Stumble Into Indonesia's Unseen Places
Submitted by viravira on 5 October 2015 • Uncategorized
You’ve probably noticed that our last few posts have been about destinations in Borneo, or Kalimantan as we Indonesians call it. I was on a Terios 7 Wonders convoy road trip along with 27 other people occupying 7 cars. Total of 2,058 kilometers distance was traveled from Central to East Kalimantan, piloted by 7 awesome drivers. Most of them are experienced convoy drivers, having almost no problem with up to 140km/hour speed on twisty bad roads that’s sometimes hazy due to smoke. Here I am, I came out alive and well, and so did everybody else. The key to that is these following points, consider them as convoy tips on a road trip, aside to the obvious like having driver’s license and follow all the traffic rules.
Normally on a convoy there would be appointed lead car, a sweeper, a marshall and the rest of the members. Lead car obviously leads the convoy, it sets the speed and sort of functions as the advanced team. A sweeper usually stays at the very back of the convoy and oversees the other cars, makes sure nobody’s left behind. Marshall needs to stay in the middle of the convoy and makes sure members are in the right formation.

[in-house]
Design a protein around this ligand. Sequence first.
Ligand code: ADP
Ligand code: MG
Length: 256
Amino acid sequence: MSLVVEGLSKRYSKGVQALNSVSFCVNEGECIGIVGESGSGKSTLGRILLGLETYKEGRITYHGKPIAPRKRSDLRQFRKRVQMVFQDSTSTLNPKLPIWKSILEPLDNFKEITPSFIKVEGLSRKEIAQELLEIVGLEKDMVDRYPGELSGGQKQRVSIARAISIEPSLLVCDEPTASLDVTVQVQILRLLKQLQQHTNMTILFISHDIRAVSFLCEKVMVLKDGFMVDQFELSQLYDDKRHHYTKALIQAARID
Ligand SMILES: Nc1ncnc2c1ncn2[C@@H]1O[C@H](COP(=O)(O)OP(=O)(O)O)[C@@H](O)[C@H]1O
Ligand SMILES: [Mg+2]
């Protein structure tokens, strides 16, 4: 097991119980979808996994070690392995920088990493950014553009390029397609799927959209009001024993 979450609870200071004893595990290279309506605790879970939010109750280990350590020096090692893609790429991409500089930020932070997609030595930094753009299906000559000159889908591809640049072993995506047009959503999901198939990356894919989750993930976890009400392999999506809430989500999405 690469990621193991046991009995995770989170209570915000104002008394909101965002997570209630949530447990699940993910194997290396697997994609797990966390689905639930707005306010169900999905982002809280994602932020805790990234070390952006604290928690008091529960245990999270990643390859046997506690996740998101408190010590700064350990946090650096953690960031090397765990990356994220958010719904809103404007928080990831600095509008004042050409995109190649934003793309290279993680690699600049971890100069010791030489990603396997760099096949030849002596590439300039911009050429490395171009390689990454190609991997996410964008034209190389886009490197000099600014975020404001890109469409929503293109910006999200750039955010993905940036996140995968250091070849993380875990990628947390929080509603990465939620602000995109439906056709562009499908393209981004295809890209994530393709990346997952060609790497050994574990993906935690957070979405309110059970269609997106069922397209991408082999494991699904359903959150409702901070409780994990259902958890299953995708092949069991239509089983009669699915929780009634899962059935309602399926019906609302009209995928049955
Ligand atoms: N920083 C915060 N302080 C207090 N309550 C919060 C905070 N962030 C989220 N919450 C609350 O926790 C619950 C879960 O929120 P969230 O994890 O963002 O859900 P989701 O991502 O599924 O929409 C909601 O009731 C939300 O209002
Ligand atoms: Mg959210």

However, every convoy can have its own rules that are agreed upon within the team. On the Terios 7 Wonders convoy, T1 (Terios #1) was always on the lead. While T7, with videographers and photographers as passengers, was the most mobile – sometimes it stays behind, sometimes it soars up to the front – for documentation purpose. The rest of the members could take random positions, always on the move while keeping eye on each other.
It helps a lot to have 2-way radio in each car, or the walkie-talkie. Each car could warn the ones behind it about the road condition ahead via radio, and anyone could simply inform the others when one needs to make a pee stop very badly. Failure to warn the others about any vehicle coming from the opposite direction could cause fatal accidents when the convoy is overtaking the other cars.
“A two-door fridge and a cricket are coming our way, do not overtake!”